25 July 2013 | News | By BioSpectrum Bureau
These sensors can be bent, stretched, crumpled and placed in wet environments without affecting their ability to operate. Photo courtesy: University of Tokyo
Singapore: A diaphanous plastic sheet peppered with sensors could lead to the development of medical implants so unobtrusive that people scarcely notice them, or provide 'sensing skins' for prosthetic limbs or robots, according to a report published in journal Nature.
Materials scientists, led by Professor Takao Someya and Dr Martin Kaltenbrunner at the University of Tokyo in Japan, said their plastics-based circuitry is lighter than a feather and just one micrometre thin. It is also so flexible and tough that an implant based on it would be all but imperceptible when worn on the back of your hand, say, or lining the roof of your mouth, they added.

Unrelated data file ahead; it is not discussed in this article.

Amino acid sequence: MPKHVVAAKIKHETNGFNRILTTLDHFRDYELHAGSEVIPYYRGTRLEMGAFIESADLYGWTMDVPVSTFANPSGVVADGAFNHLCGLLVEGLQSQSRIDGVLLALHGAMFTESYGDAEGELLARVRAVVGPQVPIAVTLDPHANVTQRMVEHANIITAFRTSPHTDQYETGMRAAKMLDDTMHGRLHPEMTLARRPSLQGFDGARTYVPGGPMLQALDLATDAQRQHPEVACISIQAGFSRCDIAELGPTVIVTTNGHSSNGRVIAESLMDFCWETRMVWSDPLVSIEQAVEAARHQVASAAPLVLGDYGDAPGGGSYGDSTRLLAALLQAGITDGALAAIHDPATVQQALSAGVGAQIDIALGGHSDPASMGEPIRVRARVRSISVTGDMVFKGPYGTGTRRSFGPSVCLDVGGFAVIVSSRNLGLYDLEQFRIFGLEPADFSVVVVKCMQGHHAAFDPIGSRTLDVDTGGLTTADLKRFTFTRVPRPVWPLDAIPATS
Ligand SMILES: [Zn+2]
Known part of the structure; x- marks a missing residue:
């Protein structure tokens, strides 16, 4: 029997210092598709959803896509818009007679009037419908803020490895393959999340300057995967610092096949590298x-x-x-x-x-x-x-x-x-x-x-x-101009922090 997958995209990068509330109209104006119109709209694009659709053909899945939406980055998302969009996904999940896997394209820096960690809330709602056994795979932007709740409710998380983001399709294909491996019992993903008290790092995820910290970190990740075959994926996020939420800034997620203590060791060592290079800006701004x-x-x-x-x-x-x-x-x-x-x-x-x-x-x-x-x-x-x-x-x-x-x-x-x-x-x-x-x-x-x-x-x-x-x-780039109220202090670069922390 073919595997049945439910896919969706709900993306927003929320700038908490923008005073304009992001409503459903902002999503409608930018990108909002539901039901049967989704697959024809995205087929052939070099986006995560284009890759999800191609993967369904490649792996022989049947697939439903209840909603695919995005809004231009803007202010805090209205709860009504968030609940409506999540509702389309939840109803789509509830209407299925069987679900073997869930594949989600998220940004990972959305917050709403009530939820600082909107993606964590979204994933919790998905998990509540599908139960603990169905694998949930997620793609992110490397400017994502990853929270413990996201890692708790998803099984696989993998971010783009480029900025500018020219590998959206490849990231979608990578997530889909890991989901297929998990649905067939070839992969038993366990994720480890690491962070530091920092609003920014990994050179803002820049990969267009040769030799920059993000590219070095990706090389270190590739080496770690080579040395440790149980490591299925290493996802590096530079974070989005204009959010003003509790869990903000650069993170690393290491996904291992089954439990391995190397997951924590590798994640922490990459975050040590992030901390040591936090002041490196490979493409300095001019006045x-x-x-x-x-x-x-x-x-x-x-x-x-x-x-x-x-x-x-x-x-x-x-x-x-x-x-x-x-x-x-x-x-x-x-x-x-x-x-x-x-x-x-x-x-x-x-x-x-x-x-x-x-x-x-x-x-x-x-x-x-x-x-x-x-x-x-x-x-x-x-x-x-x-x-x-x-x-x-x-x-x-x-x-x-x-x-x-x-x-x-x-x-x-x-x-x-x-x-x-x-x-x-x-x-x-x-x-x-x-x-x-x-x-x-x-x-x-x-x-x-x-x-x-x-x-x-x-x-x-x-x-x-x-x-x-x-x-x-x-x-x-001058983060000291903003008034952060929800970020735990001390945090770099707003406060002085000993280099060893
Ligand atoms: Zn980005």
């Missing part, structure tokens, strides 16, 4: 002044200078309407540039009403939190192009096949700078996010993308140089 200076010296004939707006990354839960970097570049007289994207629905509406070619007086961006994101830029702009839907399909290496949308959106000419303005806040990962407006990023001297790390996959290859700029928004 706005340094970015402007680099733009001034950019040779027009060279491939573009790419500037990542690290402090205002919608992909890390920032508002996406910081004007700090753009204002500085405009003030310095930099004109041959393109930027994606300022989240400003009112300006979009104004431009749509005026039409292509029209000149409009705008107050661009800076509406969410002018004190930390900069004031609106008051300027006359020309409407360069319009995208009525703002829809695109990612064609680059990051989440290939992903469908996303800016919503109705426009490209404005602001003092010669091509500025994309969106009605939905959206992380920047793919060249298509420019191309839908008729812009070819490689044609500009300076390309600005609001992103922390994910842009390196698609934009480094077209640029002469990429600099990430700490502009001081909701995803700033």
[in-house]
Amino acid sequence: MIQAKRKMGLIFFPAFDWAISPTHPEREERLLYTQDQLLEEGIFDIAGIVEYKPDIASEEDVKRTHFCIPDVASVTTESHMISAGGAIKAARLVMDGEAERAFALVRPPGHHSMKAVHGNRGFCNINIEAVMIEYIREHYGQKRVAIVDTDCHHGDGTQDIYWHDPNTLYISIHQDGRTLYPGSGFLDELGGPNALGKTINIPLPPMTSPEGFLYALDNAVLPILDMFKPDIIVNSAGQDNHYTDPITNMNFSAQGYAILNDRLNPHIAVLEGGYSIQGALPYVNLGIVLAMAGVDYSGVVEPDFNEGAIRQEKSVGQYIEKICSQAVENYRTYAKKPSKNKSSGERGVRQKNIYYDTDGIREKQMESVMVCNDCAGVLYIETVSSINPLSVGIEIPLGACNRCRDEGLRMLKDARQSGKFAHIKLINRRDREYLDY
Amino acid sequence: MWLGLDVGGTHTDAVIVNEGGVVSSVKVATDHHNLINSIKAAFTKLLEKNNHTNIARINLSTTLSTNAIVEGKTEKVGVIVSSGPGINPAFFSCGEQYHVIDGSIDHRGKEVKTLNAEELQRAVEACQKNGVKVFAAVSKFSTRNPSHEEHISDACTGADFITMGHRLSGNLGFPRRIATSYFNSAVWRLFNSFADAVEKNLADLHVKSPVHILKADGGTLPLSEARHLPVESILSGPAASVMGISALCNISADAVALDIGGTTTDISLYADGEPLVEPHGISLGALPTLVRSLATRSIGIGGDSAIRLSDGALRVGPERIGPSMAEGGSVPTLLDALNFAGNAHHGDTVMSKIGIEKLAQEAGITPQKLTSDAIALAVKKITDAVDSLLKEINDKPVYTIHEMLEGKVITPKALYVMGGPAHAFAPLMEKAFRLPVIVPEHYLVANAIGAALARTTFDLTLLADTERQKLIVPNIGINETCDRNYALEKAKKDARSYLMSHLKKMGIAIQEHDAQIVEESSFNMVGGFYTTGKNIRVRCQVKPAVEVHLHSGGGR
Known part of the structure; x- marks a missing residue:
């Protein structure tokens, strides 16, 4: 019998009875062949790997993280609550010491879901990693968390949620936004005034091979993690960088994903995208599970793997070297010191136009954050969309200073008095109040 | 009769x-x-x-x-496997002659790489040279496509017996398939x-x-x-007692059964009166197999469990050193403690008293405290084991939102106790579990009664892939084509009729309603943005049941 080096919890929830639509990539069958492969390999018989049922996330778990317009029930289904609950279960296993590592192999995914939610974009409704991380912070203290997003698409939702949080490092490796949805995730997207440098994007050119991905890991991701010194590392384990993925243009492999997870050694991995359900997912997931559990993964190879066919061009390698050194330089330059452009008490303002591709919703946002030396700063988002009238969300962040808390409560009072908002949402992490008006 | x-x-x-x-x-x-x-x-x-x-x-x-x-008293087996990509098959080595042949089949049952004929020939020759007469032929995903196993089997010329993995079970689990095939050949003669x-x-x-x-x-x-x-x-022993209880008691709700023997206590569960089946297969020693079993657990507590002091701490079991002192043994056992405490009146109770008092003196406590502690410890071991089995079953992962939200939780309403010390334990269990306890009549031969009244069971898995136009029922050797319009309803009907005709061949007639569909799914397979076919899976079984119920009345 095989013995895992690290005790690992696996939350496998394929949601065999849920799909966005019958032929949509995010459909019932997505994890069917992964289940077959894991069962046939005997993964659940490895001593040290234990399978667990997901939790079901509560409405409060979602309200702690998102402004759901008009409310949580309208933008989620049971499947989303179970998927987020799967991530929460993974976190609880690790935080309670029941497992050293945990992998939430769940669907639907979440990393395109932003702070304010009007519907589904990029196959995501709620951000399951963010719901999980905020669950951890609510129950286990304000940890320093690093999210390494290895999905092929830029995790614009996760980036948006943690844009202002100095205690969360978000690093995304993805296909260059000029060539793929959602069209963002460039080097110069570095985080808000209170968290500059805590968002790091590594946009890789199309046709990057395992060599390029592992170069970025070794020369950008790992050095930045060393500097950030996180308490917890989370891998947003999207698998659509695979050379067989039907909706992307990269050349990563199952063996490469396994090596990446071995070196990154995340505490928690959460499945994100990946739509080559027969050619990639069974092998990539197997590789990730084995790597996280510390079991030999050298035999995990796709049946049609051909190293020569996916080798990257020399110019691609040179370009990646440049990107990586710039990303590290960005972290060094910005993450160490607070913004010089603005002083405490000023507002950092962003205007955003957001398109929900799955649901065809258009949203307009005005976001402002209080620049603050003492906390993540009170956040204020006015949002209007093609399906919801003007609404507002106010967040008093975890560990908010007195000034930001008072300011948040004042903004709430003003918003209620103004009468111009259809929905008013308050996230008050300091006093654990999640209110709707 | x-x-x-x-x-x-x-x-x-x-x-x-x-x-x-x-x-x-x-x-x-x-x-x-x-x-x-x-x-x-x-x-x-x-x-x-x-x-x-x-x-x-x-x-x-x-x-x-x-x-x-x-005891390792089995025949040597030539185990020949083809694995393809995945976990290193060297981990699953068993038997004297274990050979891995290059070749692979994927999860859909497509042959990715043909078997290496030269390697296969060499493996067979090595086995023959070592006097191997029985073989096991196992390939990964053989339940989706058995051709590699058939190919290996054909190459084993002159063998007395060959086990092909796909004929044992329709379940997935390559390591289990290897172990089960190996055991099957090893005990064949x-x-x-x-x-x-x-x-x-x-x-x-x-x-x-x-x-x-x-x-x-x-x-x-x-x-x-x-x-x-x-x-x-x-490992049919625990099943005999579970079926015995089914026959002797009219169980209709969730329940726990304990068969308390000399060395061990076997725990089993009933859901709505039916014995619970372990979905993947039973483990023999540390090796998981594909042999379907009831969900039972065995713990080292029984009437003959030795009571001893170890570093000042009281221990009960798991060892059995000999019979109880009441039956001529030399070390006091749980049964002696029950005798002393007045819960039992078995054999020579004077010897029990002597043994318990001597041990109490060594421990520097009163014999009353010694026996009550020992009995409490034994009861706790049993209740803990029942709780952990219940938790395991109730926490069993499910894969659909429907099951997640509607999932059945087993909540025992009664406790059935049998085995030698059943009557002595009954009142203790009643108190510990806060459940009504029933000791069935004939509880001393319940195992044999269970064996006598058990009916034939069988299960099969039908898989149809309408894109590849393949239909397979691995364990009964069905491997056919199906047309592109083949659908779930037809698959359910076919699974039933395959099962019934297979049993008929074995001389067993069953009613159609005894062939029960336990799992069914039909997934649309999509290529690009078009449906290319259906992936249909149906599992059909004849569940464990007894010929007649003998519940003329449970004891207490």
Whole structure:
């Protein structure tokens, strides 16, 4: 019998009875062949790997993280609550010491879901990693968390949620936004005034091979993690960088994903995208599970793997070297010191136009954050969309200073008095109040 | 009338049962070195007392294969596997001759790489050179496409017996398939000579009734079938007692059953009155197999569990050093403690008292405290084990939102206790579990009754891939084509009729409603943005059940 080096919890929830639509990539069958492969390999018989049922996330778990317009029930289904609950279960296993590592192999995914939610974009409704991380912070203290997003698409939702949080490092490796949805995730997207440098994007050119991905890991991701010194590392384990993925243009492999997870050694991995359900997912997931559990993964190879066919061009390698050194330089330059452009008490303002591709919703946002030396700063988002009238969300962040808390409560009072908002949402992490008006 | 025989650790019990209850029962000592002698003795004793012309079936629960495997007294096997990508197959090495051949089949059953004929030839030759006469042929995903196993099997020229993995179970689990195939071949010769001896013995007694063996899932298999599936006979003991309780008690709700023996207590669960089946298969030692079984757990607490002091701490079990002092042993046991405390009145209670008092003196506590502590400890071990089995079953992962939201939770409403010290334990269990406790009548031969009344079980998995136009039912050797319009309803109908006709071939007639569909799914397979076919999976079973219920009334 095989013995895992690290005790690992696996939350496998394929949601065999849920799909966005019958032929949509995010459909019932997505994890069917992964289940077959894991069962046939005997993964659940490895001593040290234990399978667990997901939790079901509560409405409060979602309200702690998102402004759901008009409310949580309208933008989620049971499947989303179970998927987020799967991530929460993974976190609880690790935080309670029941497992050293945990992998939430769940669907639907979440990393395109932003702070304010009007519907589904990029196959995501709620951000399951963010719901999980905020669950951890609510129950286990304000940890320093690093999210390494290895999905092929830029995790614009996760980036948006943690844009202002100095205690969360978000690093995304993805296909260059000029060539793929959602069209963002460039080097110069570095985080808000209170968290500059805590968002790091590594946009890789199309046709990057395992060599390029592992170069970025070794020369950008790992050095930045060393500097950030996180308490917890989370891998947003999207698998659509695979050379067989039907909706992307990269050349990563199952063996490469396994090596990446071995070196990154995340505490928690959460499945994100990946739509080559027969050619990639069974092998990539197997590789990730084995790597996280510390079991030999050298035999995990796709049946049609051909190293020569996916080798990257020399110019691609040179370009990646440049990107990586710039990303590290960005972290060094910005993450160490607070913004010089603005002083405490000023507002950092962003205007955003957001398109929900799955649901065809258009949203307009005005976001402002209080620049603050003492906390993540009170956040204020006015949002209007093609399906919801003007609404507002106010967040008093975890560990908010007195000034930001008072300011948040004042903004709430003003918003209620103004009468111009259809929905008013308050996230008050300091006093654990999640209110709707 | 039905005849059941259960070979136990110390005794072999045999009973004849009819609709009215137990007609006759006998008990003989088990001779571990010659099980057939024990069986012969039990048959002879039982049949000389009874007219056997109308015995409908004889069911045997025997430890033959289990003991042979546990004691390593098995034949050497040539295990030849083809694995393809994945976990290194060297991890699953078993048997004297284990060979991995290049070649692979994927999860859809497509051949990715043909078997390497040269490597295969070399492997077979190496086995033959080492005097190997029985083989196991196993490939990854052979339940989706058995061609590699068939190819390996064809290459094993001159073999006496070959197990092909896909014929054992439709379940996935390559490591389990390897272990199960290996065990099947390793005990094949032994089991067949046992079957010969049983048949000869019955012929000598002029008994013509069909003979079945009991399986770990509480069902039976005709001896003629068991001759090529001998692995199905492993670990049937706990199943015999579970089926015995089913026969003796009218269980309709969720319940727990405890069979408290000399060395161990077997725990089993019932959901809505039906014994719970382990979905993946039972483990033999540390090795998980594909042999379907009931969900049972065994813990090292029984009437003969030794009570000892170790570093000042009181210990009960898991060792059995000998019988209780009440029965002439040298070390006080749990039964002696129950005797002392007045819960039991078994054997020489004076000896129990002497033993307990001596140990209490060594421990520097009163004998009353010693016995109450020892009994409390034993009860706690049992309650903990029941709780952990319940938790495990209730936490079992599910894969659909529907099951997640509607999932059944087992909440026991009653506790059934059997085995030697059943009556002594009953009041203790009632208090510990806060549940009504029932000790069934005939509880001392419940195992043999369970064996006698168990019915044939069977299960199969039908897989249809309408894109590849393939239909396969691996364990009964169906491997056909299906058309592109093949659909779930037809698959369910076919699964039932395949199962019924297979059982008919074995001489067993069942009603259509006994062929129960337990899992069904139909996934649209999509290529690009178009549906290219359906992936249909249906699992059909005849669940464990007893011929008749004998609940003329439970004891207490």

"This technology will lead to biomedical sensors that cause no discomfort at all to the wearer," said Professor Someya. "They could measure body temperature and heart rate in a stress-free way, and their shock-resistance means they will work even during sport and exercise," he added.
The sensors, which have the consistency of plastic food wrap, can be bent, stretched, crumpled and placed in wet environments without affecting their ability to operate - key characteristics of artificial skin designed to sense touch or temperature, said the report.